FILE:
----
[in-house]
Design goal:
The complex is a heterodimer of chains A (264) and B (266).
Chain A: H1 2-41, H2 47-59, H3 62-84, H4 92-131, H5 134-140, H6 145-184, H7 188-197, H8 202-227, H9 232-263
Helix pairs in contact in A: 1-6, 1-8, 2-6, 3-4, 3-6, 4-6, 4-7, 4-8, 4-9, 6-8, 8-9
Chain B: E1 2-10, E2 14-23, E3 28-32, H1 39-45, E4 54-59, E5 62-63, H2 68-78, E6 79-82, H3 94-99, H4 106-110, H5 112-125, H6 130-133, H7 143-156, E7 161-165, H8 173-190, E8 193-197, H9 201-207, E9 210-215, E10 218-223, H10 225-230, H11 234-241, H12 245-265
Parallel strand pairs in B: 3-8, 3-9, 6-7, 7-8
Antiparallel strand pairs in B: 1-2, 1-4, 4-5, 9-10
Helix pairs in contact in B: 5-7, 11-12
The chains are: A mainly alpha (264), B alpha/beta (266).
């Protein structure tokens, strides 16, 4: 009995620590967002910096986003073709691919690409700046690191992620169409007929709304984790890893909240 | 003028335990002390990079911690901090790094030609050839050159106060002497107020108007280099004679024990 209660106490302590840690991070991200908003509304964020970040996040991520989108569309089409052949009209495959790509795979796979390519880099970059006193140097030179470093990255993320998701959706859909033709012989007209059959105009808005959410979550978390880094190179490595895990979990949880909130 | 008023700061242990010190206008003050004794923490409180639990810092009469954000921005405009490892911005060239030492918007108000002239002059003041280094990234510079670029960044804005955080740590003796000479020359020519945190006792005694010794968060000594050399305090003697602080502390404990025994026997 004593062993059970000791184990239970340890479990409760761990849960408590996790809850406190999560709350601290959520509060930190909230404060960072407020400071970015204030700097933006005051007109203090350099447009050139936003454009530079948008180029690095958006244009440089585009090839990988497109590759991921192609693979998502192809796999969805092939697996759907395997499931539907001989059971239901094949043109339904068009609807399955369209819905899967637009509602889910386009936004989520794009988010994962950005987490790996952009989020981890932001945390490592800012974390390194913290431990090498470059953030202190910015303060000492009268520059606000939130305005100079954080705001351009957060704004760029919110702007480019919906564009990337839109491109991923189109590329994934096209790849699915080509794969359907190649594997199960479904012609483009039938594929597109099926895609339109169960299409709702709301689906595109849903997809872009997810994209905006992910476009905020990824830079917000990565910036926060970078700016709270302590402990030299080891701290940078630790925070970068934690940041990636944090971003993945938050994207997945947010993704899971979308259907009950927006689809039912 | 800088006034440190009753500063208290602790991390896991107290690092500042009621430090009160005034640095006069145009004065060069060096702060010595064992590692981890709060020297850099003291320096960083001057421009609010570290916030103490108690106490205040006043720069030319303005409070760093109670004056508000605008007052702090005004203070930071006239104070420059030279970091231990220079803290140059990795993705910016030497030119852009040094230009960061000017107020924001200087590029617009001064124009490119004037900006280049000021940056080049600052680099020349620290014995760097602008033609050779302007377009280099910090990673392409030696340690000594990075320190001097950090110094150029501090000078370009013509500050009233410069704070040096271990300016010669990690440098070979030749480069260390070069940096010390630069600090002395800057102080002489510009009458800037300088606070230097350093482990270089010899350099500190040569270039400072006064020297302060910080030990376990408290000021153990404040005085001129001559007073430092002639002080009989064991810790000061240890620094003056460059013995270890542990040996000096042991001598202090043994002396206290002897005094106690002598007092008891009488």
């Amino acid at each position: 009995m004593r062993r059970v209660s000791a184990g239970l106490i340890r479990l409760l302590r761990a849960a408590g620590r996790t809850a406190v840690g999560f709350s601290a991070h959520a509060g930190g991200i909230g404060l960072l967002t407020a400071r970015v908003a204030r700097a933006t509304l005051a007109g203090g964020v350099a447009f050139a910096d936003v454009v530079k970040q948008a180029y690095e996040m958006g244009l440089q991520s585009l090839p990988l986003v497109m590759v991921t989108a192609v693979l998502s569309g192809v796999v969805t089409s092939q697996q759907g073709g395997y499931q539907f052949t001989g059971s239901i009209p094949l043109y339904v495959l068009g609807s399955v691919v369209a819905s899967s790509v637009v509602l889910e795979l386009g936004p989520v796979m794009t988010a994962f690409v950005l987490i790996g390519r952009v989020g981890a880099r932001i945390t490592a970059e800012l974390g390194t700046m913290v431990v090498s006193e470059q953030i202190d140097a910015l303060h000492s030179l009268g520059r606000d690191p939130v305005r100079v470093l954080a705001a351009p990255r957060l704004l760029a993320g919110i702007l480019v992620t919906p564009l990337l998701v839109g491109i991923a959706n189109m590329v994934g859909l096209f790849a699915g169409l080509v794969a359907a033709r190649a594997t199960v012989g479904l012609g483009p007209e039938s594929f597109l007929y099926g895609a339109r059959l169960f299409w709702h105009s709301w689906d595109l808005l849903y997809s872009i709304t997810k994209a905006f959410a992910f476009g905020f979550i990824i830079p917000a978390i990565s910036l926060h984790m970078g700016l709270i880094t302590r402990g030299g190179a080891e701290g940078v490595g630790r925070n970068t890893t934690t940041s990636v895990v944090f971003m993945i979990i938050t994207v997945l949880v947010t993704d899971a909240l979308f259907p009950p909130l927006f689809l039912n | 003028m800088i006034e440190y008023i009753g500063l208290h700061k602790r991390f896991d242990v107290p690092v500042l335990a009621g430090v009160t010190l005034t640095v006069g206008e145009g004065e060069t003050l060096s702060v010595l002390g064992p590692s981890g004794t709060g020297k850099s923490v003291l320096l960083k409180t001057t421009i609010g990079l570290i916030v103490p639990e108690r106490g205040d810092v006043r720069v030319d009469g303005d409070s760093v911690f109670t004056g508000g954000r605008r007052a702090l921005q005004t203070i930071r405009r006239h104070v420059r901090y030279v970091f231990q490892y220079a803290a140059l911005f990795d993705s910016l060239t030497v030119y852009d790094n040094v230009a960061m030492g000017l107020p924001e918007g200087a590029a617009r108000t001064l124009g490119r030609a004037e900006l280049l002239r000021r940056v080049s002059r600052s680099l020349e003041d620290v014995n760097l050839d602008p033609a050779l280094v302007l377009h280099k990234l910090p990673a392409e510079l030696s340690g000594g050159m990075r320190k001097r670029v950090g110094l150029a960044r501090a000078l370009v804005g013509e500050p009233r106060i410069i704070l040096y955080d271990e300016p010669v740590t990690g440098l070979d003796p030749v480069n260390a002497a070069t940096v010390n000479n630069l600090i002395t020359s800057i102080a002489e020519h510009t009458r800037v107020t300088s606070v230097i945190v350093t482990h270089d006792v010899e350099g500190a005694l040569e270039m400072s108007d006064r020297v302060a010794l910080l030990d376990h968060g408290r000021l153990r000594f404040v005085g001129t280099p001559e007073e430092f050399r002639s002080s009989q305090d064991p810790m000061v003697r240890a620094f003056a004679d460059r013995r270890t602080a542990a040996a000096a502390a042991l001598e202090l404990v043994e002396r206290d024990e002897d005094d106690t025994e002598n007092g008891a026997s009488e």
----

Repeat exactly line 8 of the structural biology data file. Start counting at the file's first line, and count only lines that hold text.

Antiparallel strand pairs in B: 1-2, 1-4, 4-5, 9-10